LRS Delivers Maiden JORC Resource - Following $5.5BN Regional Peer’s Playbook

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Published 08-DEC-2022 10:00 A.M.

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12 minute read

Disclosure: S3 Consortium Pty Ltd (The Company) and Associated Entities own 4,605,000 LRS shares at the time of publishing this article. The Company has been engaged by LRS to share our commentary on the progress of our Investment in LRS over time.

From lithium discovery to maiden JORC resource estimate in under nine months.

Our Catalyst Hunter Portfolio’s lithium Investment Latin Resources (ASX:LRS) is no longer a junior explorer chasing a new discovery — it now has a sizable established in-ground JORC lithium resource.

Today LRS announced a maiden JORC resource estimate of 13.3Mt grading 1.2% lithium oxide for its Colina lithium deposit in Brazil.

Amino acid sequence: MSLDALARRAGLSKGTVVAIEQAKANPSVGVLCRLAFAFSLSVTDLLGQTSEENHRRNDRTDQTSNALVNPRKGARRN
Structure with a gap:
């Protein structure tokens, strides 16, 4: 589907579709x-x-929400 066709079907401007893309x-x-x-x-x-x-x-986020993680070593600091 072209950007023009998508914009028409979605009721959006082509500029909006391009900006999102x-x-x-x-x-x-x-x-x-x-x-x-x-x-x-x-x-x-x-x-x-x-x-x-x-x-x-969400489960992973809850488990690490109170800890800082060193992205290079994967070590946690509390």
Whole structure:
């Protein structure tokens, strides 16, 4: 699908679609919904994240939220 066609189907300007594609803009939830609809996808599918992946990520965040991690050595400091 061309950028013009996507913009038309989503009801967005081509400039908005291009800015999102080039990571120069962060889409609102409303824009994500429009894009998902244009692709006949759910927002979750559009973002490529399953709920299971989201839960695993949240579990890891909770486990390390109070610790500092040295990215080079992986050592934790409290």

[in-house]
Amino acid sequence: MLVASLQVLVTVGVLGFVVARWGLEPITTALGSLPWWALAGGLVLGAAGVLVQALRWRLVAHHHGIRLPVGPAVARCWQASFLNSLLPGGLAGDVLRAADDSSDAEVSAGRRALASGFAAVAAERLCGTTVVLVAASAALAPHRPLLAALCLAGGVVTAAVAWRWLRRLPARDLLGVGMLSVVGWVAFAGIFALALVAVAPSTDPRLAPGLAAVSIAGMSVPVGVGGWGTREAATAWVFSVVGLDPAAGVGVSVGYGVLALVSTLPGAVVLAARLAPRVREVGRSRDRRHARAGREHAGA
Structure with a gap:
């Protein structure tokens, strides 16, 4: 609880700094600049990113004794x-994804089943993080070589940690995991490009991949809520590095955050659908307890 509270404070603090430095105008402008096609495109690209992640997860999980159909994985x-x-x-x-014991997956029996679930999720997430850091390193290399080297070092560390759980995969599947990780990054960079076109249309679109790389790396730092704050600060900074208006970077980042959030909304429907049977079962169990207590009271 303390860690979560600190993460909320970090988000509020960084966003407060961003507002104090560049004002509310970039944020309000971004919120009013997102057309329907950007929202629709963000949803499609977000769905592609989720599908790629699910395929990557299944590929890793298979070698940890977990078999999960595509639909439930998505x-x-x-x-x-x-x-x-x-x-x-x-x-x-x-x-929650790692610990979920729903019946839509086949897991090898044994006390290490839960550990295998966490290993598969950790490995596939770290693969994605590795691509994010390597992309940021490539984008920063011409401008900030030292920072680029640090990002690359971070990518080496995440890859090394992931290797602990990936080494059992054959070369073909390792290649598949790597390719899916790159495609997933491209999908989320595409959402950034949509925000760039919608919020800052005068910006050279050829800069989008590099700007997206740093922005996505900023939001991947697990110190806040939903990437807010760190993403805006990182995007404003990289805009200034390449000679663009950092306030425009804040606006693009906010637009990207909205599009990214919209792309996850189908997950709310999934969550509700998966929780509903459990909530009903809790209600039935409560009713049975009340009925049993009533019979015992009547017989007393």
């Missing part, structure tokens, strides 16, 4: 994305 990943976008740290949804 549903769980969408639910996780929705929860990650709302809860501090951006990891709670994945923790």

Of that 13.3Mt resource, 2.1Mt sits in the indicated category and the remainder in the inferred category.

This came as a welcome surprise as very rarely do you see a maiden resource feature the more confident indicated estimate.

LRS’s independent resource consultants also gave an Exploration Target of 13.5-22 Mt with a grade range of 1.2-1.5% from inside the area where today's JORC resource sits.

Interpretations are that modelled pegmatites increase in both thickness and grade at depth.

LRS’s regional peer in Brazil, Canadian-listed Sigma Lithium, makes for a good comparison to see what might now be in store for LRS.

Sigma defined a maiden resource estimate back in 2018 of 13Mt with a lithium oxide grade of 1.56% — very similar to LRS’s maiden resource announced today of 13.3Mt grading 1.2%.